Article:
Music To My Thumbs

When I was younger, I scoffed at the notion of soundtracks and sound design being an important aspect of video game development. I’d never taken the time to appreciate what it adds to the atmosphere, to the aesthetic, and therefore dismissed it as a minor piece of the puzzle. But growing older, as I came to learn more about what’s behind the screens (sorry) of video games, I finally realised why playing a game on mute makes it less enjoyable.

I can actually remember the first time I sat up and took notice of soundtracks. I was watching Youtube Let’s Player Chuggaaconroy making note of the soundtrack in the game he was playing, and it occurred to me for the first time to pay attention. (I think it was in his Super Mario 64 Let’s Play, but this was a very, very long time ago, so I may be wrong.) I must have been about thirteen or fourteen. I don’t know why, but it acted as some sort of switch, because every game I’ve played since then, I’ve picked up on whether the soundtrack is good, or even good enough to listen to independently of the game. I’ve even bought a few soundtracks; Robot Roller Derby Disco Dodgeball’s soundtrack isn’t my typical choice of music, but it’s very nevertheless much enjoyed.

One of the great things about a good soundtrack is the way it stays with you, eventually drawing you back to the game. I’m sure most of us will be able to hum Sonic’s Green Hill Zone under our breaths with hardly a moment’s hesitation, revisit Pokemon’s Lavender Town or evoke the Legend of Zelda with a good ol’ rendition (see: butchering) of the Song of Storms. I’m sure I’m not the only one who’s been dragged back, kicking and screaming after being hit by waves of nostalgia or that creeping realisation that you never truly 100% completed that game.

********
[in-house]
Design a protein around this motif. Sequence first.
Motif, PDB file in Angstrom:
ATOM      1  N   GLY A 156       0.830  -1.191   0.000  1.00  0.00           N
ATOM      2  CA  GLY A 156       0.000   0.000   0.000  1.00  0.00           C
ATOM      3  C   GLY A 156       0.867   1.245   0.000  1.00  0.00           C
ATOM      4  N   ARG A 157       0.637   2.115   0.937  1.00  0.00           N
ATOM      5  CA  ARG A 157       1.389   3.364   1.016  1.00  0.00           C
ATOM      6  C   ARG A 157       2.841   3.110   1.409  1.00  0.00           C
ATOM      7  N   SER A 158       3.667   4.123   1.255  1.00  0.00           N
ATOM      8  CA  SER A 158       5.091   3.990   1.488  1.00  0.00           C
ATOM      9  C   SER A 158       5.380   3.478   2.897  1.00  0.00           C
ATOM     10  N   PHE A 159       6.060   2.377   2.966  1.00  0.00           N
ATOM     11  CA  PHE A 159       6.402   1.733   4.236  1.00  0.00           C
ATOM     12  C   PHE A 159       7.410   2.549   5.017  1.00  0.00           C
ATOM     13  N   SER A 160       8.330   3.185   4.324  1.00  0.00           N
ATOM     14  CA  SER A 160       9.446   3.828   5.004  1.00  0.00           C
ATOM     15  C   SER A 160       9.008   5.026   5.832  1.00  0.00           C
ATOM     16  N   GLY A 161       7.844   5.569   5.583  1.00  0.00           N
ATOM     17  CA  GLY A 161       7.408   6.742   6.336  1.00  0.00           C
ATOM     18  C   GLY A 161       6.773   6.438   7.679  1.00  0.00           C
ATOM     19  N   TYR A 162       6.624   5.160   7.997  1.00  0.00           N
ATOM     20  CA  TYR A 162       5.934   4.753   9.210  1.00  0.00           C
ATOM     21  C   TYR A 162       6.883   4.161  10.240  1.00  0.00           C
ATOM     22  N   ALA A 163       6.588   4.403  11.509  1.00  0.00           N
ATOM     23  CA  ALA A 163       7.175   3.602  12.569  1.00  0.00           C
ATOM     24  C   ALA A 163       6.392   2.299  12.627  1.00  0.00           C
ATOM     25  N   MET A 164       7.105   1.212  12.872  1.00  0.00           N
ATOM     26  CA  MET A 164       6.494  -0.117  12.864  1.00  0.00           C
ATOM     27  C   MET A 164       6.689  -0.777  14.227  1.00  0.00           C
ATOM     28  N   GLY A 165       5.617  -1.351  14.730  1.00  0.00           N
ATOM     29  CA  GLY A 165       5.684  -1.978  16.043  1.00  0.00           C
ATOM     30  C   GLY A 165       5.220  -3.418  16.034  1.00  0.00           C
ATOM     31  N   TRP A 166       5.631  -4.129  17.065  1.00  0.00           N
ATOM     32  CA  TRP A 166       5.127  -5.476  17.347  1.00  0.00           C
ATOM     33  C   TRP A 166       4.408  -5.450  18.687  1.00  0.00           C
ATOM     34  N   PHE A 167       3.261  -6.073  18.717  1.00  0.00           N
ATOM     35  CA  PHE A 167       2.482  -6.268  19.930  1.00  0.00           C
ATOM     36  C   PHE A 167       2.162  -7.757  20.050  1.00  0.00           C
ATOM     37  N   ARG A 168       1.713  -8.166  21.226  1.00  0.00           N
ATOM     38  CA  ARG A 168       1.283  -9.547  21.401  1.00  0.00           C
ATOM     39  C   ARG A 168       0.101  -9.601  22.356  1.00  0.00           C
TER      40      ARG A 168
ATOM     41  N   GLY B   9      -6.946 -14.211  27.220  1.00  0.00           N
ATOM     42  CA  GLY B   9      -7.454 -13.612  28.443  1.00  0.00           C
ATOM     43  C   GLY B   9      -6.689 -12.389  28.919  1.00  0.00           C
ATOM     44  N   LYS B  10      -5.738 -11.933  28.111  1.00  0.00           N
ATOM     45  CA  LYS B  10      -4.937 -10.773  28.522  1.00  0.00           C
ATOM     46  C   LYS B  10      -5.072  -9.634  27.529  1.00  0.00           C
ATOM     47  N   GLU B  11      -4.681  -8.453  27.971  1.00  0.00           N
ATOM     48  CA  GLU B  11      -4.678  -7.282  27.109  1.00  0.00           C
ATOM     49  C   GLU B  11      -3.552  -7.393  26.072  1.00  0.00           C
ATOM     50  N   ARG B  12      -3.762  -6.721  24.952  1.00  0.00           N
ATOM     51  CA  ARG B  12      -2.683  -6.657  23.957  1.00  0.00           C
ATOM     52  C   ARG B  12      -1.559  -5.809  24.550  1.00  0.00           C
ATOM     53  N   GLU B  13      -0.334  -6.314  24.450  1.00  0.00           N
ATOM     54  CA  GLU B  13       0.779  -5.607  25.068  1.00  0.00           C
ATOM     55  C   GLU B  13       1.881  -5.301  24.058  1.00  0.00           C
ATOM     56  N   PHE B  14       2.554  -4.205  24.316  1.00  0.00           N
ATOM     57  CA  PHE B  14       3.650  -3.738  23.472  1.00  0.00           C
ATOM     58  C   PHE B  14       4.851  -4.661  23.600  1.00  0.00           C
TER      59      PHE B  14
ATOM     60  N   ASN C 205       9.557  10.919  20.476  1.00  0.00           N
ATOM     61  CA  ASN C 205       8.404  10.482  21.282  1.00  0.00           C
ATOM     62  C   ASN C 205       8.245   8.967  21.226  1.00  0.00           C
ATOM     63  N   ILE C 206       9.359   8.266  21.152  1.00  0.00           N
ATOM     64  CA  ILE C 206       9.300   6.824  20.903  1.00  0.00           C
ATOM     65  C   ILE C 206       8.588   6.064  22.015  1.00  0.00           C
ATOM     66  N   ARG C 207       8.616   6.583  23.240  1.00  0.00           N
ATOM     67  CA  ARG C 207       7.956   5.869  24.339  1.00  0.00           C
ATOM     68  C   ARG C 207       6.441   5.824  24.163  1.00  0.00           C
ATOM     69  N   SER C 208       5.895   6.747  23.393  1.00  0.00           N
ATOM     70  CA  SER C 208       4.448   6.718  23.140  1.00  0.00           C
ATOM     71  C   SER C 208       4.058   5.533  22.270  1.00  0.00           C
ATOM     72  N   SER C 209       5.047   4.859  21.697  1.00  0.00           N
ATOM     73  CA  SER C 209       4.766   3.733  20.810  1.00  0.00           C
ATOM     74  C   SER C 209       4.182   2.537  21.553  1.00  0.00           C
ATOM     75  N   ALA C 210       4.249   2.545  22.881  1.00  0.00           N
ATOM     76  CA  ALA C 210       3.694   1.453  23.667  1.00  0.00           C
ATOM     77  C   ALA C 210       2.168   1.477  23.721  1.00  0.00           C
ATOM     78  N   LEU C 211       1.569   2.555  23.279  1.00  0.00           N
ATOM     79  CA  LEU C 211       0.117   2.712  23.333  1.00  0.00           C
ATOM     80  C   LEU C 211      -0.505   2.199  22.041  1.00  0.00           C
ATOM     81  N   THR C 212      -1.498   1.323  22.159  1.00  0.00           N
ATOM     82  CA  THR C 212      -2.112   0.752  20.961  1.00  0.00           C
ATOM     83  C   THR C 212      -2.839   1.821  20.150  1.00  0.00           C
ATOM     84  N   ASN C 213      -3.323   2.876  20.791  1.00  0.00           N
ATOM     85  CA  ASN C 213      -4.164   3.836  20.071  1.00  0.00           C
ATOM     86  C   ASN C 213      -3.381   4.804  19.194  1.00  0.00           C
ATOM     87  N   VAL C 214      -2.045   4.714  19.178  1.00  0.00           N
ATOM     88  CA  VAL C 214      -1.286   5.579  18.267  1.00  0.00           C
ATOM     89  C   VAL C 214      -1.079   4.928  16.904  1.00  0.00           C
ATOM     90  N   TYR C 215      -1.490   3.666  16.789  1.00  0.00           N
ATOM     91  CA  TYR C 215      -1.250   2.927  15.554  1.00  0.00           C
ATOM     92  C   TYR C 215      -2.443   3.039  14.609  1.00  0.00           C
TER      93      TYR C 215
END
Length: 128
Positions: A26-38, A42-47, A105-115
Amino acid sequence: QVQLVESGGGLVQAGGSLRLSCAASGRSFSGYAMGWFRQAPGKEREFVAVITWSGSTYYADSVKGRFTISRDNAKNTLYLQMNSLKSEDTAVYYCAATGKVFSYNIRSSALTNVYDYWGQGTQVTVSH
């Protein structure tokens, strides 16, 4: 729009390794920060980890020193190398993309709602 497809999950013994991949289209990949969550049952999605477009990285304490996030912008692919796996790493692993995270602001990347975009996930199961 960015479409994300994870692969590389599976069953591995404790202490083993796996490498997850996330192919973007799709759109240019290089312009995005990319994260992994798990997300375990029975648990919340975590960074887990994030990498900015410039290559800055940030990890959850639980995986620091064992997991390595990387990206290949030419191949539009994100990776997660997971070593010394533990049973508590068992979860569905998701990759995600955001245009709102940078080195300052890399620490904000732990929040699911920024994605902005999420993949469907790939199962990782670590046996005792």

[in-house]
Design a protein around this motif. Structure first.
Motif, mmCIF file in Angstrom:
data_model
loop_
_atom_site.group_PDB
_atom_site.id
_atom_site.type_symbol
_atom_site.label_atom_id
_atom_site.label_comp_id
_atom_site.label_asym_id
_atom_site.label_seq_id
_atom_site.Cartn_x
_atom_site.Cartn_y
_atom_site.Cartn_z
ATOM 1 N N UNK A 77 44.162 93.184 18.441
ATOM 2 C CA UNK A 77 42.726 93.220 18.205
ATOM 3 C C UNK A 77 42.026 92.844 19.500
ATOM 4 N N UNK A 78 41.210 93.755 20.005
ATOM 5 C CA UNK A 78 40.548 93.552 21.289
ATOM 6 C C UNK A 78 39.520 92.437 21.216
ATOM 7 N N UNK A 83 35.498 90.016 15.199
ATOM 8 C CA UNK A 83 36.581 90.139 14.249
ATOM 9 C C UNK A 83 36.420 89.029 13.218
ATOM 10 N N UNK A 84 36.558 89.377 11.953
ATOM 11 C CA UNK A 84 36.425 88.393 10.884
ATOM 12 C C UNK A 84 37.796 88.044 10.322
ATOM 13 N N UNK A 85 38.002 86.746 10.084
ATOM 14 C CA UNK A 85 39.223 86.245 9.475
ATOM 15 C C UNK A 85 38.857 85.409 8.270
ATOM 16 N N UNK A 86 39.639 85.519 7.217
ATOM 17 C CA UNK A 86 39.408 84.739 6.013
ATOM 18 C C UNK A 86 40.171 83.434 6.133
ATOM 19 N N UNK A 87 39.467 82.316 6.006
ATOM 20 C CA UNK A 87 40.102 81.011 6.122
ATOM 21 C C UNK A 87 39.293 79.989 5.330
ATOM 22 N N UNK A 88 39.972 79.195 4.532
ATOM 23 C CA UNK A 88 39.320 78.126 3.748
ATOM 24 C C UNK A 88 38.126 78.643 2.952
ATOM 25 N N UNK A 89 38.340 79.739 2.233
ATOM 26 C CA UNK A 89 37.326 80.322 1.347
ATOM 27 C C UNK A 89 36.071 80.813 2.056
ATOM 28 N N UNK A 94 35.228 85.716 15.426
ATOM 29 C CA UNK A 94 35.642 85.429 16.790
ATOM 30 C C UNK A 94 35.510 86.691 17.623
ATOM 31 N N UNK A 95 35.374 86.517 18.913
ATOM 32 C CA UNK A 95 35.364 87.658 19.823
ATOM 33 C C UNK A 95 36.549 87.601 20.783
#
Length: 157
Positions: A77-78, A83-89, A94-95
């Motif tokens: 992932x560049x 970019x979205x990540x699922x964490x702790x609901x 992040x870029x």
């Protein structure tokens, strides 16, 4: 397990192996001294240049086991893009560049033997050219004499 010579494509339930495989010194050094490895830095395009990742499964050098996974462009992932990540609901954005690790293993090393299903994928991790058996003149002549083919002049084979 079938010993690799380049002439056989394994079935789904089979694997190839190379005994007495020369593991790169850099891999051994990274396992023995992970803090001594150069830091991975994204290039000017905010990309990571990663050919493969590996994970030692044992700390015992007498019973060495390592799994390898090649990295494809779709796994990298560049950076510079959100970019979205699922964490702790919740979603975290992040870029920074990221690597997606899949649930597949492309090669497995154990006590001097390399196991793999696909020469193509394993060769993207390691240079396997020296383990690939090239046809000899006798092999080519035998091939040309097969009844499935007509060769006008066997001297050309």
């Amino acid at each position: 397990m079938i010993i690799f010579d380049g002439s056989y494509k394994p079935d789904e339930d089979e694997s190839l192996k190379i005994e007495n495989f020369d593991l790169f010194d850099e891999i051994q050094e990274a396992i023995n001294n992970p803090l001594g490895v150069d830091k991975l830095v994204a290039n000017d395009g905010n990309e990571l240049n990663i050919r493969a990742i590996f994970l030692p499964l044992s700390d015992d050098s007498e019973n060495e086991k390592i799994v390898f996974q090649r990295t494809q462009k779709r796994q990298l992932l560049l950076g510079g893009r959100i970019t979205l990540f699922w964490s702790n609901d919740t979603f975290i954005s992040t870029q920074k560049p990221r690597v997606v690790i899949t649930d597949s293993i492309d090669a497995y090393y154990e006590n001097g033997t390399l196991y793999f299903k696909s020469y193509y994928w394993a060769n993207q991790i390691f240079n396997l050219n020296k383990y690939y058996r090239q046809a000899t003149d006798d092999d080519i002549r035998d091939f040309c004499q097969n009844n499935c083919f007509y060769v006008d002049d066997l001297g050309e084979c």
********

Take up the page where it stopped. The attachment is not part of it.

And then there’s those soundtracks that stand on their own. I’ve not played any Final Fantasy games, but one dosage of One Winged Angel was all I needed to become interested in the character and story of Sephiroth, a character whose demonic tendencies were introduced to me immediately through the frankly outstanding soundtrack. It led me to find the somewhat more metal version of the song, found amidst the Advent Children animation of Cloud vs Sephiroth. (I’d go ahead and listen to the original game soundtrack first. It’s excellent by itself, but the metal version adds a whole new layer of sound that will make the original feel lacking if you listen to them back to back.) In fact, in writing this, I’ve now become addicted to the damn song again! It’ll take an absurd amount of time to break out of this.

Right, well, if you survived that sea of hyperlinks and still have the remaining attention span to finish reading this blog post, then I have the ability to finish writing it.

Whilst I have my issues with narrative-driven game Life Is Strange (some of which are born from the fact I’m not exactly the target audience), I also have many commendations for it, one of which is the soundtrack. Without it, I’m not sure I would have been interested in the story so much; the songs chosen to portray emotion in the game are sometimes whimsical, sometimes deeply resonating and usually a combination of both. Whilst I may not have liked Chloe and didn’t identify with colloquially-defunct Max, something about the setting and plot of going through life challenging issues during teenage education reached out to me, and the soundtrack was the rope that tied me to it. And for all of its flaws, both critically and personally founded, I’m glad I was able to experience it. Again, the soundtrack to this game isn’t the kind of music I’d usually listen to, but I highly value it and regularly go out of my way to listen to it outside of the context of the game.

Well, anyway, I believe I’ve left you with enough music to listen to should you be so inclined. If you’d like to hear more about my typical choice of music and thoughts considering the matter, click here. Or, if you’d like to read up on my thoughts considering narrative driven games such as Life Is Strange and its contemporary counterparts, click here. Or do none of those things. It’s up to you, honestly. You’re probably all hyperlinked out by now.


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